Cancer Patients Who Experience Heart Attacks Must Get Aspirin

Disclaimer: Results are not guaranteed*** and may vary from person to person***.

A heart attack is a difficult and traumatic experience for any individual to live through. It leaves your heart weakened, your body exhausted, and your emotional health severely shaken. Now, image that you were going through a heart attack while you were already battling another severe illness at the same time — cancer.

 Unfortunately for some individuals who have cancer, the possibility of their experiencing a heart attack is not ruled out. It can and does happen. The sad part? There are no medical guidelines for what to do when a person with cancer experiences a heart attack. One typical course of action is to give a heart attack patient a dose of aspirin in order to thin his/her blood and help the heart overcome the trauma. Unfortunately, because cancer patients often have low platelet counts and they can experience abnormal clotting, the administration of aspirin right after a heart attack is often avoided. This can have grave consequences.

 According to a new study, which has been published in the medical journal Cancer, researchers found that a startling nine out of 10 cancer patients with the condition known as “thrombocytopenia” (which involves having a low platelet count in the blood) who experienced a heart attack and were not given aspirin during the event ended up dying, whereas only one patient out of 17 in similar cancer sufferers died.

 The conclusion? Giving cancer patients who have thrombocytopenia aspirin during a heart attack will actually give them a better rate of survival, as opposed to the past belief that the contraindication was too big a risk to allow for the administration of drug. Also, cancer patients who do not have thrombocytopenia also face a better chance of surviving a heart attack if they are given aspirin.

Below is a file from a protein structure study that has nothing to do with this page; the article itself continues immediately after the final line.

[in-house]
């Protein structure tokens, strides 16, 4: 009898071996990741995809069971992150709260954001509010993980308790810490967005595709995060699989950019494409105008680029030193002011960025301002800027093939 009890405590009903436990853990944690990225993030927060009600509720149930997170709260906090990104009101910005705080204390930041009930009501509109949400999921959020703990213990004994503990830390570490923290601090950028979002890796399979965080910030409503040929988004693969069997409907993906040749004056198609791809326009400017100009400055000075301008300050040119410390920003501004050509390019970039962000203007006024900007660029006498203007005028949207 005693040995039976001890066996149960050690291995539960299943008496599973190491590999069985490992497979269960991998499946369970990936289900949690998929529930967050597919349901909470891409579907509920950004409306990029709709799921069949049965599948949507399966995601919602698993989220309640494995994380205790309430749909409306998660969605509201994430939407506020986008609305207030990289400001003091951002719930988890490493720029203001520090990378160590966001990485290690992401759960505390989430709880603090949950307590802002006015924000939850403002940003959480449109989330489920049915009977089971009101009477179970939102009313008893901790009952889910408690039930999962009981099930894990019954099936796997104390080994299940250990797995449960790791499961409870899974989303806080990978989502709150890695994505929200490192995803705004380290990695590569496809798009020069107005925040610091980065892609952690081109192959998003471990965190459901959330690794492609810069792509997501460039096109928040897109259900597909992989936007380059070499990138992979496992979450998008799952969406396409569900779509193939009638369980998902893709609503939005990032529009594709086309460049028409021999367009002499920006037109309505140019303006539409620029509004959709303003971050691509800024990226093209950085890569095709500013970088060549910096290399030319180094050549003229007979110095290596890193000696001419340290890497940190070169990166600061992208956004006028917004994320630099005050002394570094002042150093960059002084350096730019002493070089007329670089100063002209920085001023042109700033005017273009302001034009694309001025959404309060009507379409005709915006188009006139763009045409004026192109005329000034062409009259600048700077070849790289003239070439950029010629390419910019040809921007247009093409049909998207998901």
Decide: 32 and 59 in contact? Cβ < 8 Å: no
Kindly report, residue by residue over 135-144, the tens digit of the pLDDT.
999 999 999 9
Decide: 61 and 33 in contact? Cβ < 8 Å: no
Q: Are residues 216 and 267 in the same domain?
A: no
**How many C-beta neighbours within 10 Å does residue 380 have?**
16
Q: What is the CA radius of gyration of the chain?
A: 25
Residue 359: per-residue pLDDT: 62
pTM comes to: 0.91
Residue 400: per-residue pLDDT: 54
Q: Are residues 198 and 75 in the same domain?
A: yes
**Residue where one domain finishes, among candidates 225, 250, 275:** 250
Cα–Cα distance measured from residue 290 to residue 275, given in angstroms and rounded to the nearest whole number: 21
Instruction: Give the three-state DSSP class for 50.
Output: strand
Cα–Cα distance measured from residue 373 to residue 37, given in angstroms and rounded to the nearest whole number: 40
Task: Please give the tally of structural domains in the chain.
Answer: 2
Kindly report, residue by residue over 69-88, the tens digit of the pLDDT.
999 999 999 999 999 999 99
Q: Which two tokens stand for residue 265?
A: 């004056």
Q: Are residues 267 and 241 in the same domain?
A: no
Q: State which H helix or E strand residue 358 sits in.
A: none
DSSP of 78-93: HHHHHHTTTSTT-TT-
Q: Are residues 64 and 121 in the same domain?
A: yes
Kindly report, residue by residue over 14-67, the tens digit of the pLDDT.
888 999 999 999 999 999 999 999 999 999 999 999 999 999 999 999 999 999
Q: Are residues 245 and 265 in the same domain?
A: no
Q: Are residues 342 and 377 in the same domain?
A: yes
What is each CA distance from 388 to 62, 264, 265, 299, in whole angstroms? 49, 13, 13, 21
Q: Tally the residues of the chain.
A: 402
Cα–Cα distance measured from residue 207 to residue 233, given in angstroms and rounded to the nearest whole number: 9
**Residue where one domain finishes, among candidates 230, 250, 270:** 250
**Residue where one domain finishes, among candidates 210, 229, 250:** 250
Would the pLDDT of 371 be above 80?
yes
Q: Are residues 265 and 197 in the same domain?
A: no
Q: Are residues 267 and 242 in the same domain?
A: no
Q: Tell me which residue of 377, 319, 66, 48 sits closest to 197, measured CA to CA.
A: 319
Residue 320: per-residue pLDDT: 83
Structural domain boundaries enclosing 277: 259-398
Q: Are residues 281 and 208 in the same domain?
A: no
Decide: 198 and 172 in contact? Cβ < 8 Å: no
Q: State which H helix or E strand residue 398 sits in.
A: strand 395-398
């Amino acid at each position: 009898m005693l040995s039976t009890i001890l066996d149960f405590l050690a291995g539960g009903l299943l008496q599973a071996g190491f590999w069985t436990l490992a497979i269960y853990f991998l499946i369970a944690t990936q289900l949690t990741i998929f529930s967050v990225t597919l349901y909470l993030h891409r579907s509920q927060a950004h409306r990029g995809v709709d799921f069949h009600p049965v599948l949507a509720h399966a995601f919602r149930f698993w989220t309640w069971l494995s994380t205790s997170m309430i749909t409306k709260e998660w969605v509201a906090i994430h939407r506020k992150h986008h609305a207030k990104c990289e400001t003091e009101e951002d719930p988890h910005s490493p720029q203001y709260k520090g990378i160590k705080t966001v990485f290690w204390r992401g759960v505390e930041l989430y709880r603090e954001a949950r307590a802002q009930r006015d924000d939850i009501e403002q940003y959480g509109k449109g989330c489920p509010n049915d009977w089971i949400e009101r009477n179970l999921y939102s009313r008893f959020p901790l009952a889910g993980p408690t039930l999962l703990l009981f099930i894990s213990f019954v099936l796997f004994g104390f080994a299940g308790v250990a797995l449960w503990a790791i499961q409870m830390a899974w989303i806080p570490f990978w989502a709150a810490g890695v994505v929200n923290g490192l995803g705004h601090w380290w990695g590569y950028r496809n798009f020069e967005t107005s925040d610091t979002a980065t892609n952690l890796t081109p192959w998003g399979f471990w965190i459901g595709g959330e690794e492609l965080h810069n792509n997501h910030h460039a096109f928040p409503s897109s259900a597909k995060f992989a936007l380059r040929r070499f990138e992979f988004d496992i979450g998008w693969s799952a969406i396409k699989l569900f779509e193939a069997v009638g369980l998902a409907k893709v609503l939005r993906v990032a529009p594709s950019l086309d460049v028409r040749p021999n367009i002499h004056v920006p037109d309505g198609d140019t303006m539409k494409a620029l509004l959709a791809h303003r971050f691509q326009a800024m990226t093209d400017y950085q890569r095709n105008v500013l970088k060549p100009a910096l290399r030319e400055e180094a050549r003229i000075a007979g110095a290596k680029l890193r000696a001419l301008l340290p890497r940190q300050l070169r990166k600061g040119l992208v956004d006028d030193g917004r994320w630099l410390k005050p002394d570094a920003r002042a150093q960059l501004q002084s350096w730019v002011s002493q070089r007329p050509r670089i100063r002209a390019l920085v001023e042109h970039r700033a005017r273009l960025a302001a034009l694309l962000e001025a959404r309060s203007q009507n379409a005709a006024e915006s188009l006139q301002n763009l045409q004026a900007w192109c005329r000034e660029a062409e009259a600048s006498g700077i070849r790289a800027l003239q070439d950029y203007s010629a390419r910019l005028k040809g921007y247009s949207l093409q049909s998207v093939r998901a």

According to the study’s lead author, Jean-Bernard Durand, MD, “The notion that heart attacks in patients with low platelets should be treated with clot-dissolving aspirin defies logic, that is unless you suspect that the cancer is interfering with platelet function.”

 He also added that, “We believe tumors may be releasing chemicals that allow the cancer to form new blood supplies which makes blood more susceptible to forming clots. There appears to be a platelet paradox suggesting that cancer may affect the mechanism of the way that blood clots, and from this analysis, we have found that the single most important predictor of survival in these patients is whether or not they received aspirin.”

 Since there are no guidelines that tell doctors exactly how to treat heart attacks in patients who also have cancer (or cancer and thrombocytopenia), this new study should lead the way in helping them decide on more concrete routes of action. There needs to be less variations in treatments being administered from doctor to doctor, so as to ensure that cancer patients are given the same odds for surviving a heart attack as those individuals who do not suffer from the disease. We’ll keep you posted on any developments in this area of treatment.

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